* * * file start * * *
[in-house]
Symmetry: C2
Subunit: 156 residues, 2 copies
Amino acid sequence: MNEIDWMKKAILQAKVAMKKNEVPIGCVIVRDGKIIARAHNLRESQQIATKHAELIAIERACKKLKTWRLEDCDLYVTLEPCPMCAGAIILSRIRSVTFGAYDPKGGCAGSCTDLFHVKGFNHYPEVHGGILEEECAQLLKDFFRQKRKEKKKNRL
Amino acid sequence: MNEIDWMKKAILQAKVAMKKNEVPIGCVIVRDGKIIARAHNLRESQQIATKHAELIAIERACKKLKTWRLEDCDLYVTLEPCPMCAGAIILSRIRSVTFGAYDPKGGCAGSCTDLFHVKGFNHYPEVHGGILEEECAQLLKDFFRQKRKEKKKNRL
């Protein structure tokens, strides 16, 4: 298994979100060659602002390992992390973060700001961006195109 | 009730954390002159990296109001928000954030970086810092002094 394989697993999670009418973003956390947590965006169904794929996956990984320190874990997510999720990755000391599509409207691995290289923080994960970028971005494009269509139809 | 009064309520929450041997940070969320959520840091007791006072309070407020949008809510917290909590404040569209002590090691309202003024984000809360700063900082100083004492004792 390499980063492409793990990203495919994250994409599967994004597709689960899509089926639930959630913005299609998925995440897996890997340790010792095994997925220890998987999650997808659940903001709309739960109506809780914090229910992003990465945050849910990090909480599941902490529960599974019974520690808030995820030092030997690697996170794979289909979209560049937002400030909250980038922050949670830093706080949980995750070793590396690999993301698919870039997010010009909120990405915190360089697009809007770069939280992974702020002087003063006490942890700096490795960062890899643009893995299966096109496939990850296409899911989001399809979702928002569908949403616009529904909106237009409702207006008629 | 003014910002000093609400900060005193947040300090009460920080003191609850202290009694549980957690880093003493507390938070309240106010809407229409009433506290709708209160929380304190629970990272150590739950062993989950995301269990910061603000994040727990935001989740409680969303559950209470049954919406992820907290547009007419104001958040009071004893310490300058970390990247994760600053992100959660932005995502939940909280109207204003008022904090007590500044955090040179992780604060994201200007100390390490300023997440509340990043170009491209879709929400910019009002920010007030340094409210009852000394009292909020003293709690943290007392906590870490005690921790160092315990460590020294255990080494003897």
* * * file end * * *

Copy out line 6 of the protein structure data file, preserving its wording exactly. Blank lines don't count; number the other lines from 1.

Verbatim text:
């Protein structure tokens, strides 16, 4: 298994979100060659602002390992992390973060700001961006195109 | 009730954390002159990296109001928000954030970086810092002094 394989697993999670009418973003956390947590965006169904794929996956990984320190874990997510999720990755000391599509409207691995290289923080994960970028971005494009269509139809 | 009064309520929450041997940070969320959520840091007791006072309070407020949008809510917290909590404040569209002590090691309202003024984000809360700063900082100083004492004792 390499980063492409793990990203495919994250994409599967994004597709689960899509089926639930959630913005299609998925995440897996890997340790010792095994997925220890998987999650997808659940903001709309739960109506809780914090229910992003990465945050849910990090909480599941902490529960599974019974520690808030995820030092030997690697996170794979289909979209560049937002400030909250980038922050949670830093706080949980995750070793590396690999993301698919870039997010010009909120990405915190360089697009809007770069939280992974702020002087003063006490942890700096490795960062890899643009893995299966096109496939990850296409899911989001399809979702928002569908949403616009529904909106237009409702207006008629 | 003014910002000093609400900060005193947040300090009460920080003191609850202290009694549980957690880093003493507390938070309240106010809407229409009433506290709708209160929380304190629970990272150590739950062993989950995301269990910061603000994040727990935001989740409680969303559950209470049954919406992820907290547009007419104001958040009071004893310490300058970390990247994760600053992100959660932005995502939940909280109207204003008022904090007590500044955090040179992780604060994201200007100390390490300023997440509340990043170009491209879709929400910019009002920010007030340094409210009852000394009292909020003293709690943290007392906590870490005690921790160092315990460590020294255990080494003897």